The results are returned in the number of acres of biologically productive land that it takes to maintain my bad self. Overall, I require 22 such acres. The average for the U.S. is 24 acres. Worldwide, there exist only 4.5 such acres per person.
Here's the breakdown by type of resource used:
Food: 5.9 acres
Goods / Services: 7.7
TOTAL: 22 acres
One of the questions was about how many hours per year I spend flying. There were five possible answers: 100 hours, 25 hours, 10 hours, 3 hours, and 0 hours. I answered 25 hours. I had a vague idea that air travel is incredibly resource-intensive, so I redid the quiz, and this time reduced my air travel to 10 hours to see how much of a difference it would make.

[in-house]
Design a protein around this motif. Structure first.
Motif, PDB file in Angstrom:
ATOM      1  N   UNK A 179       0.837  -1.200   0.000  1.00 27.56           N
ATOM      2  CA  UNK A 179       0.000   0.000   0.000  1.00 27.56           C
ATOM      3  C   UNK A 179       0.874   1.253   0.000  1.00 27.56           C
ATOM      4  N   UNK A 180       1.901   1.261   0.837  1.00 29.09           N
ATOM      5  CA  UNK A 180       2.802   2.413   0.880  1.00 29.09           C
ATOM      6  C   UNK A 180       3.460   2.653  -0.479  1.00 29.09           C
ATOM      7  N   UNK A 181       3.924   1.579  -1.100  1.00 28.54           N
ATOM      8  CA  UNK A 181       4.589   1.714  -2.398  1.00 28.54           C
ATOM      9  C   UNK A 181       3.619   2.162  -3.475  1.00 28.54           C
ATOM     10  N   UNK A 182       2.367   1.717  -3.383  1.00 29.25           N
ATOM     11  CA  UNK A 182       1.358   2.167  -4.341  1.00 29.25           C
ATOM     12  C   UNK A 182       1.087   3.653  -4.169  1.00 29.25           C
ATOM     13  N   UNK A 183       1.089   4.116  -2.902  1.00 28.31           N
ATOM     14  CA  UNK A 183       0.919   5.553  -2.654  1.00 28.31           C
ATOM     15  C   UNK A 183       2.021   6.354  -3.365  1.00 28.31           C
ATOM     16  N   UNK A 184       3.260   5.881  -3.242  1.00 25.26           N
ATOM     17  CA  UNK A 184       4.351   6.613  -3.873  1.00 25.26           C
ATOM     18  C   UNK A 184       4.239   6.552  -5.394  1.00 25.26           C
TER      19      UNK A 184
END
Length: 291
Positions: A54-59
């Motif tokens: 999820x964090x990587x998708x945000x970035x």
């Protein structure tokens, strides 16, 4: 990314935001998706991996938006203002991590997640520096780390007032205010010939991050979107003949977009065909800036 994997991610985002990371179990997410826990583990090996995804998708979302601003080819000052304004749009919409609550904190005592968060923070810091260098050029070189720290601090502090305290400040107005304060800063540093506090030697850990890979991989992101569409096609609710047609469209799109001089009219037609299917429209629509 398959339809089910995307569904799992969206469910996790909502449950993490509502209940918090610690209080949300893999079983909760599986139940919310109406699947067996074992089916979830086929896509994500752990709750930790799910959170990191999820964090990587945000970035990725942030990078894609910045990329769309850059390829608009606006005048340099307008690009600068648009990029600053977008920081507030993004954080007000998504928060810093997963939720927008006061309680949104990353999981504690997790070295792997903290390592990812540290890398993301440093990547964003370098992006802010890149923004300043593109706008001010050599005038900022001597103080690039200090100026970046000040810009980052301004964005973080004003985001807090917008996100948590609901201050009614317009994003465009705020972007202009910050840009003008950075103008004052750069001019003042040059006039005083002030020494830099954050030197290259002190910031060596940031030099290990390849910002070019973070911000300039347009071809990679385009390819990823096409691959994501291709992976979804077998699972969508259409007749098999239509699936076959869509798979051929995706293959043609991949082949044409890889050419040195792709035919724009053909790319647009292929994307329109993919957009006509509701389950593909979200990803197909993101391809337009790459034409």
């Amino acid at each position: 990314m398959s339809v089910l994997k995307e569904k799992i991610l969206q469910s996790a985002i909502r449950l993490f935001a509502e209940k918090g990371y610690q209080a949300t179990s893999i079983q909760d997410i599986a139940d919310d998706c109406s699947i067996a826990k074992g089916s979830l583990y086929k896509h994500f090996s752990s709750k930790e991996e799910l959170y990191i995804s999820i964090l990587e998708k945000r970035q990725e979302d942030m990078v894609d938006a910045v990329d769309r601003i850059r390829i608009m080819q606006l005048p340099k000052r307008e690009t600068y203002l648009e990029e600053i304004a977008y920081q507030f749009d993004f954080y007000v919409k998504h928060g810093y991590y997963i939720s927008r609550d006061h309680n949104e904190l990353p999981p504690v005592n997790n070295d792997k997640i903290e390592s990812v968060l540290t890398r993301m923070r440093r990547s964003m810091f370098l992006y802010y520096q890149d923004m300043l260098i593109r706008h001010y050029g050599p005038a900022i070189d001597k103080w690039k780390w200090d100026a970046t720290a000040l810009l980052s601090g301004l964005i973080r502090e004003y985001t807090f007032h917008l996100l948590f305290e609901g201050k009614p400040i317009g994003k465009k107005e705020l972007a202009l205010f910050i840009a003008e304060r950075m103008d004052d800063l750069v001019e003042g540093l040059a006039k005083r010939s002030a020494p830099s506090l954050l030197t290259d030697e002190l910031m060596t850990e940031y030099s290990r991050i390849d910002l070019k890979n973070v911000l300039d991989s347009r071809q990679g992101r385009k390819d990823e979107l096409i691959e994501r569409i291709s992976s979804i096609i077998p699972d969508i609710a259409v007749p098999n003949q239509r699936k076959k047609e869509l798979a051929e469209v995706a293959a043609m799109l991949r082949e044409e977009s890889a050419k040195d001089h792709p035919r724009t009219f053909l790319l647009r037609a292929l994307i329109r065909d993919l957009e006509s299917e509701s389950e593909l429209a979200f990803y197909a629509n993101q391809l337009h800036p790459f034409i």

Food: 5.9 acres
Goods / Services: 6.7
TOTAL: 20 acres
By spending just 15 fewer hours in the air, I would reduce my mobility acreage and my goods and services acreage by one acre each.
I also did a Carbon Footprint calculator at another website sponsored by a British organization. This calculator measures how much carbon dioxide I spew into the atmosphere with a questionnaire based on home energy use and modes of transportation.
The results: I personally belch 19,801 kg of CO2 into the sky each year.
On the one hand, I live in a city and drive less than 25 miles a week on average. On the other hand, our apartment is in a draughty old house that could use some good weatherstripping. And, once again, there's the air travel.
By far the largest contributor to my carbon footprint was air travel, which added 9,000 kg of CO2, or 45% of my total carbon footprint. Right now I don’t have to travel for business, but even the three to five vacation trips I take per year emit a huge amount of CO2.